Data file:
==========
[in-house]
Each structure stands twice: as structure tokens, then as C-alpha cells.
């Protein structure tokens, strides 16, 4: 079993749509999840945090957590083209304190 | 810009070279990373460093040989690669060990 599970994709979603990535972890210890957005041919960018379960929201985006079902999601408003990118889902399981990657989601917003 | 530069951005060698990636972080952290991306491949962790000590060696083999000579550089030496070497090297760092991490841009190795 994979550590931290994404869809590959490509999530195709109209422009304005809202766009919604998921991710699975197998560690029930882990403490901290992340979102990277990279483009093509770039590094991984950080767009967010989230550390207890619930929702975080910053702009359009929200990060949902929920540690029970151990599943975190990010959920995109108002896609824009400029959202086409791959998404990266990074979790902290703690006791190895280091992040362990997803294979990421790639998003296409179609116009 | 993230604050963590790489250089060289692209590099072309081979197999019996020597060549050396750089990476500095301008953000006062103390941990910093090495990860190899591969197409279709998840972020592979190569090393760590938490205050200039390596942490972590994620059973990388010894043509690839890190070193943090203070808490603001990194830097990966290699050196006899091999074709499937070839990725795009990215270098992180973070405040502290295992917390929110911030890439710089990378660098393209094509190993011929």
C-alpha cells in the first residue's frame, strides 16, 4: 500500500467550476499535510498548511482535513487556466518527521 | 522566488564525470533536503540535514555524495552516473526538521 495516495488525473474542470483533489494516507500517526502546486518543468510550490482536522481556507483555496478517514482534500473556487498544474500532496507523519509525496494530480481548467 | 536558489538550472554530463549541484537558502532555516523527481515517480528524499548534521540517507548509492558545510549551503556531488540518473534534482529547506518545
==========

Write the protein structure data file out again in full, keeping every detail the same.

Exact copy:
[in-house]
Each structure stands twice: as structure tokens, then as C-alpha cells.
């Protein structure tokens, strides 16, 4: 079993749509999840945090957590083209304190 | 810009070279990373460093040989690669060990 599970994709979603990535972890210890957005041919960018379960929201985006079902999601408003990118889902399981990657989601917003 | 530069951005060698990636972080952290991306491949962790000590060696083999000579550089030496070497090297760092991490841009190795 994979550590931290994404869809590959490509999530195709109209422009304005809202766009919604998921991710699975197998560690029930882990403490901290992340979102990277990279483009093509770039590094991984950080767009967010989230550390207890619930929702975080910053702009359009929200990060949902929920540690029970151990599943975190990010959920995109108002896609824009400029959202086409791959998404990266990074979790902290703690006791190895280091992040362990997803294979990421790639998003296409179609116009 | 993230604050963590790489250089060289692209590099072309081979197999019996020597060549050396750089990476500095301008953000006062103390941990910093090495990860190899591969197409279709998840972020592979190569090393760590938490205050200039390596942490972590994620059973990388010894043509690839890190070193943090203070808490603001990194830097990966290699050196006899091999074709499937070839990725795009990215270098992180973070405040502290295992917390929110911030890439710089990378660098393209094509190993011929």
C-alpha cells in the first residue's frame, strides 16, 4: 500500500467550476499535510498548511482535513487556466518527521 | 522566488564525470533536503540535514555524495552516473526538521 495516495488525473474542470483533489494516507500517526502546486518543468510550490482536522481556507483555496478517514482534500473556487498544474500532496507523519509525496494530480481548467 | 536558489538550472554530463549541484537558502532555516523527481515517480528524499548534521540517507548509492558545510549551503556531488540518473534534482529547506518545